I represent that embarrassing combination of rabid competitor and abysmal athlete. You name a sport, I've played it, and it pressed charges shortly thereafter for emotional damages.
So when I found beer pong in college and displayed an idiot-savant competency at it, I never looked back. I could be a mangy tree sloth and still dominate the table, and I loved that. And by love, I mean acted like a complete shithead during games, win or lose. This has continued for years, to the detriment of civil discourse everywhere.
Then I learned of a double-elimination beer pong tournament hosted at Fubar every Tuesday night – that day also happened to fall on the evening before my birthday. There was a $250 cash prize awarded to the winning team, and lots of drink specials for everyone else.
The night of the tourney, I drive to my friend Chuck's place, my stomach in knots. I'll only drink enough to get mellow and calm my hand. I won't make any stupid mistakes.
DJ: So the team name is … "Jesus as Fuck?"
Me: Yeah. It's a simile.
DJ: That's really, really stupid.
We pay our cover and walk inside. I crushed four beers and a shot of cheap tequila before even arriving at the club, which is checkered with felt-green tables and red cups. I'm already sweating like Karl Malone at the free-throw line.
Our team gets called, sending me scrambling for Yuengling two-for-ones before the game starts. Tall, brunette twins staff the bar tonight. One's hair has been crimped, the other's ironed straight. I ask whether management mandates they style their hair "so that I can tell them apart." Stone silence. The douchesharks are circling. I wield dual beers with pride.
Despite swearing a hole in the ozone layer, swatting at errant balls long after clearing the pong table and distracting our opponents via vigorous crotch thrusts, we lose our first match by one cup. I am crushed, but then I hear the DJ summon "Whacky Wavy Flailing Inflatable Armtube Man" to Table 5. This is suddenly the most hilarious thing I have ever heard. I rush two girls sitting at the bar to talk about it. I have a friend who kills rodents and pests for a living, and I've seen the look in these girls' eyes before – right when he leaves on a house call to shoot raccoons in the face. I buy two more Yuenglings.
We get called for our elimination game. At this point, I am incapable of differentiating objects in motion. Chuck holds down the task of actually making cups as I pace excitedly behind the table, all my shots rimming out or ricocheting off our bemused opponents. We ultimately lose again, by two cups.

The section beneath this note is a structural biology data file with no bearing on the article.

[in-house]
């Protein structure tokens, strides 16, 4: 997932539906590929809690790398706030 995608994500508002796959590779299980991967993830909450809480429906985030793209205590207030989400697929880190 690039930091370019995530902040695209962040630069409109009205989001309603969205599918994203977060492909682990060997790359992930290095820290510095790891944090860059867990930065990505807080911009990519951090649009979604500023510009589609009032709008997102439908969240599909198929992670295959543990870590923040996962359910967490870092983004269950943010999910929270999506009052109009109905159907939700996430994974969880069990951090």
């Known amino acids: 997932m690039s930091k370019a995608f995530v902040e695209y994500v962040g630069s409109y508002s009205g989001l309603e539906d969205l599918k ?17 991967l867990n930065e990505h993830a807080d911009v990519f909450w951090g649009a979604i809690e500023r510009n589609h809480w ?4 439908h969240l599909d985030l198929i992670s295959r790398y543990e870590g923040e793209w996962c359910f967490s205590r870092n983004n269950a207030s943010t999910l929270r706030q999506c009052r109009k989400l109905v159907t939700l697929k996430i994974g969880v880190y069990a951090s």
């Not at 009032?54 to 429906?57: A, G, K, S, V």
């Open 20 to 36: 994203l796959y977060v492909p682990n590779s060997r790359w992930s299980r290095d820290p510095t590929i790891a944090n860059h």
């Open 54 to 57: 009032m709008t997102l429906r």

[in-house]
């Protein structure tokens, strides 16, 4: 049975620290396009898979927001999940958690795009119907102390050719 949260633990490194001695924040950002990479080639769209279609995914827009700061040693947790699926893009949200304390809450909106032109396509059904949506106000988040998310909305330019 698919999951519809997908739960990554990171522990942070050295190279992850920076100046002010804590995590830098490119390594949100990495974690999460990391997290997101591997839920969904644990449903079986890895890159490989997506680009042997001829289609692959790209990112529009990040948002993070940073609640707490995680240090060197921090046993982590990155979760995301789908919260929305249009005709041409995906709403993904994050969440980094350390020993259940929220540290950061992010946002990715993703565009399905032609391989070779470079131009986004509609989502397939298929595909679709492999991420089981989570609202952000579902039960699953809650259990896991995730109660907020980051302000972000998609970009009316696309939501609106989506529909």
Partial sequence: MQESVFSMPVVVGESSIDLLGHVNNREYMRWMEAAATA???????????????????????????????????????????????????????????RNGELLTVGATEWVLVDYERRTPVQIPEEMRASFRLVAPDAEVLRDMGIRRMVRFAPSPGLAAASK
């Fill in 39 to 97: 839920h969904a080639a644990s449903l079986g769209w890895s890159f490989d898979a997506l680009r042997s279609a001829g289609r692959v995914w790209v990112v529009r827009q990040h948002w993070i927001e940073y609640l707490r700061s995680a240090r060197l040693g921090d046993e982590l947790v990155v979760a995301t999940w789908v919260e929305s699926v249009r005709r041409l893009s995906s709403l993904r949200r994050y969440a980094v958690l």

We have been ejected from the tournament. The walls inch closer.
Chuck buys a pitcher to share. Everything is A-OK!
I am suddenly at my favorite bar downtown. Chuck is sitting next to me, and at some point Pest-Killing Friend emerged from a night of possum-wrangling to meet us and hand me another beer. The room is quite spin-ish, so despite blacking out I know I've been doing it right.
Me: How long have I been gone?
Chuck: Beats me, but the gibberish started around midnight.
Me: Wait, is it my – IT'S MY BIRTHDAY!
It is still my birthday. Everyone in the bar damn well knows it. I announce loudly, to nobody in particular, that it's now time "to get some chicks." This apparently means assaulting the poor doorgirl with drunken word-porridge because she is boxed behind the cash register and can't escape.
In the middle of yakking about who knows what, I stop. My stomach starts to rumble. I am about to literally yak all over myself and the doorgirl's shoes. There is no time to dash to a bathroom or a suitable receptacle. We make eye contact. It's in God's hands now.
I just start burping. Violent, ancient-alien, Sumerian-devil-chant burps. In her face, for about 30 seconds. No vomit. Just a short passage from The Exorcist, the Musical. There are no words between me and my victim. I can't bring myself to look at her, so I merely stumble out the door, where my friends rush to meet me, laughing like jackasses all the way back to Chuck's car.
We welcome readers to submit letters regarding articles and content in Orlando Weekly. Letters should be a minimum of 150 words, refer to content that has appeared on Orlando Weekly, and must include the writer's full name, address, and phone number for verification purposes. No attachments will be considered. Writers of letters selected for publication will be notified via email. Letters may be edited and shortened for space.
Email us at [email protected].
Support Local Journalism.
Join the Orlando Weekly Press Club
Local journalism is information. Information is power. And we believe everyone deserves access to accurate independent coverage of their community and state. Our readers helped us continue this coverage in 2020, and we are so grateful for the support.
Help us keep this coverage going in 2021. Whether it's a one-time acknowledgement of this article or an ongoing membership pledge, your support goes to local-based reporting from our small but mighty team.
Join the Orlando Weekly Press Club for as little as $5 a month.
Subscribe now to get the latest news delivered right to your inbox.